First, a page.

The extensive work of Christian Fuchs on the subject exposes which aspects have been critical for the emergence of the 'post-Fordist accumulation regime' (Fuchs, 2008: 85). According to him terms such as 'Customer-oriented production', 'Just-in-time production', 'Outsourcing' and 'Decentralisation' can be seen as representative of our current mode of production (Fuchs, 2008: 85–86). Moreover, he considers the intertwinements between information technologies, computer networks and knowledge critical to the formation of a system that is referred to as information, knowledge or networked capitalism (Fuchs, 2008: 83). Furthermore, he speaks 'of the tendency of the commodification of everything' (Fuchs, 2014: 113) and is thereby referring to the systematic and augmenting dispossession and exploitation of user data or as Hardt and Negri have argued on behalf of the system's composition:

There is no longer a factory wall that divides the one from the other, and 'externalities' are no longer external to the site of production that valorizes them. Workers produce throughout the metropolis, in its every crack and crevice. In fact, production of the common is becoming nothing but the life of the city itself.
(Hardt and Negri, 2009: 60)

Data dispossession

This development has generated a system that Jodi Dean refers to as communicative capitalism. It is based on the expropriation and exploitation of communicative processes. She states that 'linguistic, affective, and unconscious being-together, flows and processes constitutive not just of being human but of broader relationality and belonging, have been co-opted for capitalist production' (Dean, 2014: 4). Communication must be understood in a larger sense here. Dean is referring to all kinds of activities that materialise in form of data. GPS-locations, financial transactions, videos we watch or record, are being referred to as raw materials in the Big-Data discourse. The frequently drawn metaphors of data being the new gold or oil reveal how they are identified as natural resources. According to Dean, data, as a communal product in its origin, 'is seized, enclosed and privatised in a new round of primitive accumulation' (Dean, 2014: 10). She draws a parallel between this development and the separation of the producer from the means of production that Marx outlined in the 'Critique of Political Economy', while referring to the expropriation of common property, that leads to the transfer of the 'pigmy property of the many into the huge property of the few' (ibid.), as Marx has put it. Through this data dispossession our modes of acting and interacting are changed into capitalisable units and, moreover, an expropriation of certain temporalities takes place. Dean argues that for once the existence of the momentary is threatened because every action becomes traceable and secondly a certain kind of futurity seems to vanish due to the increasing predictability of our patterns of action (ibid.: 11).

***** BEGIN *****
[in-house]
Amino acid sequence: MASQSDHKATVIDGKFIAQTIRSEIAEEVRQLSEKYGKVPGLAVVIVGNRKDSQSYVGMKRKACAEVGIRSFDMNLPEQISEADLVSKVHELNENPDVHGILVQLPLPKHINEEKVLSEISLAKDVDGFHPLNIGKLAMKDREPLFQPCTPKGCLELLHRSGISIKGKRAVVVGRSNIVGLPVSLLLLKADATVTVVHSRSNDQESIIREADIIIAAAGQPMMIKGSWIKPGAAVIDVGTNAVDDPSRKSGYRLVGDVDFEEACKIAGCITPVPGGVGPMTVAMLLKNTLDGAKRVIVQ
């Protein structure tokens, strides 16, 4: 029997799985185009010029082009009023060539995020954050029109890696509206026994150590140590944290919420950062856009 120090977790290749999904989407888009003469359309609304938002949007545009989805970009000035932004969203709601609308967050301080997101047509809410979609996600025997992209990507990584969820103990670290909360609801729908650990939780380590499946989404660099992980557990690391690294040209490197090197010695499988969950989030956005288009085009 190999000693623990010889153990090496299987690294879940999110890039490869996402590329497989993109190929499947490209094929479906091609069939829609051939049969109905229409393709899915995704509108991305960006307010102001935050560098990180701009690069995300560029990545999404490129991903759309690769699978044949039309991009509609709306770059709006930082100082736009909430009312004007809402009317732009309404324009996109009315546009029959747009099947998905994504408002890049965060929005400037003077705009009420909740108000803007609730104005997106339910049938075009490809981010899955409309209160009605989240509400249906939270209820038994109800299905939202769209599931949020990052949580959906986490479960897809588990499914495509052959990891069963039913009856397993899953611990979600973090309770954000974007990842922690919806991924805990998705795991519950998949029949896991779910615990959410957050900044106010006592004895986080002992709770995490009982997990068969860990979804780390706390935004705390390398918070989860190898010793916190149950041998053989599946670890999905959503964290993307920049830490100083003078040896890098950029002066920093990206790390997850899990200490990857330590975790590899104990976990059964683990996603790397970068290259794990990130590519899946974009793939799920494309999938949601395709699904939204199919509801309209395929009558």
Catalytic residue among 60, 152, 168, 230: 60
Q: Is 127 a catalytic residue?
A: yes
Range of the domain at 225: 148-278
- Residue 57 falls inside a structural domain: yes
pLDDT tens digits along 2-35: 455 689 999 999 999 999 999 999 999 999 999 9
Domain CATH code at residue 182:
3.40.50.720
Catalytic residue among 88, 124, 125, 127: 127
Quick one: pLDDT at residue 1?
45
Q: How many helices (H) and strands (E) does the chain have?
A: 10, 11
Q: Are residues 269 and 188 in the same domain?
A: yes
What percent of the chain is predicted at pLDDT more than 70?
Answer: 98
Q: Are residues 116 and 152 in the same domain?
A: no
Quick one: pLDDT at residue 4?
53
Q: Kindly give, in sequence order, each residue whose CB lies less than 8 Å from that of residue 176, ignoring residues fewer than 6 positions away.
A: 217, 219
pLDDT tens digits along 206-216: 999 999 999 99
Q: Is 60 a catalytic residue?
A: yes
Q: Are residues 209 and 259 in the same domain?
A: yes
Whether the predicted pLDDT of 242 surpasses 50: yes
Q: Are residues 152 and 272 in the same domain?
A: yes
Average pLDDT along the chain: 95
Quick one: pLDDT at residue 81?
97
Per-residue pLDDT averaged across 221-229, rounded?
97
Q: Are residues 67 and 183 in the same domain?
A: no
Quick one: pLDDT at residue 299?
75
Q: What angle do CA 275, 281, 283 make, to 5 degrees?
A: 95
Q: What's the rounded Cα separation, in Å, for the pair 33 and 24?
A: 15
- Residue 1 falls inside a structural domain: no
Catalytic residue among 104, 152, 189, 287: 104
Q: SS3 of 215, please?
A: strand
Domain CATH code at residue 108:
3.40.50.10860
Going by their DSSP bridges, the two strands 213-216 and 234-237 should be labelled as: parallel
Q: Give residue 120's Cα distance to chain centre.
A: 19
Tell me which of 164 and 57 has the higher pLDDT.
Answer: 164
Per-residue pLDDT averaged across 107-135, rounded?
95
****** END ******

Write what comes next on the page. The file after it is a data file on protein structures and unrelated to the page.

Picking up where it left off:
Such accumulation of capital can exist due to a system working in anticipation of prospective value yet to be produced. Consequently companies working with this model are tied to the expectations of real-economy profits of other companies as well as 'an affective "law" of value', as Arvidsson and Colleoni (2012: 142) have argued. By that they refer to the ability of companies such as Facebook or Google to 'attract and aggregate various kinds of affective investments' (ibid.) that exceed their capacities to create revenues through advertising, 'but are related to their perceived capacity of attracting future investments' (ibid.: 145). Thus their powerful position regarding the extraction of data grants these companies vast potential to bring in financial rent in the future and in the present data serves as a tool for product placement and marketing as well as market research and is applied to recognise trends or behavioural patterns of users and influence their conduct.

The value of relations

Analysing relations is at the core for these companies to capitalise on data. Value is no longer a quality that depends on a single object or subject, but is created through correlation of data. José van Dijck has coined the term connectivity, which she describes 'as an advanced strategy of algorithmically connecting users to content, users to users, platforms to users, users to advertisers, and platforms to platforms' (van Dijck, 2013: 8). Accordingly the value of a network follows the logic of Metcalfe's law, which states: 'The value of a communications network is proportional to the square of the number of its' users' (Dean, 2014: 5). This implies that the more connections and links a network contains, the more opportunities exist for the accumulation of capital. Hence Google's PageRank algorithm is one of most valuable algorithmic tools and serves as one of the best information retrieval algorithms. Its strength derives from the ability to collect as much information and to correlate it, which allows it to establish numberless links between users and content, users and platforms as well as users and users, and so on (see Dean, 2014: 5).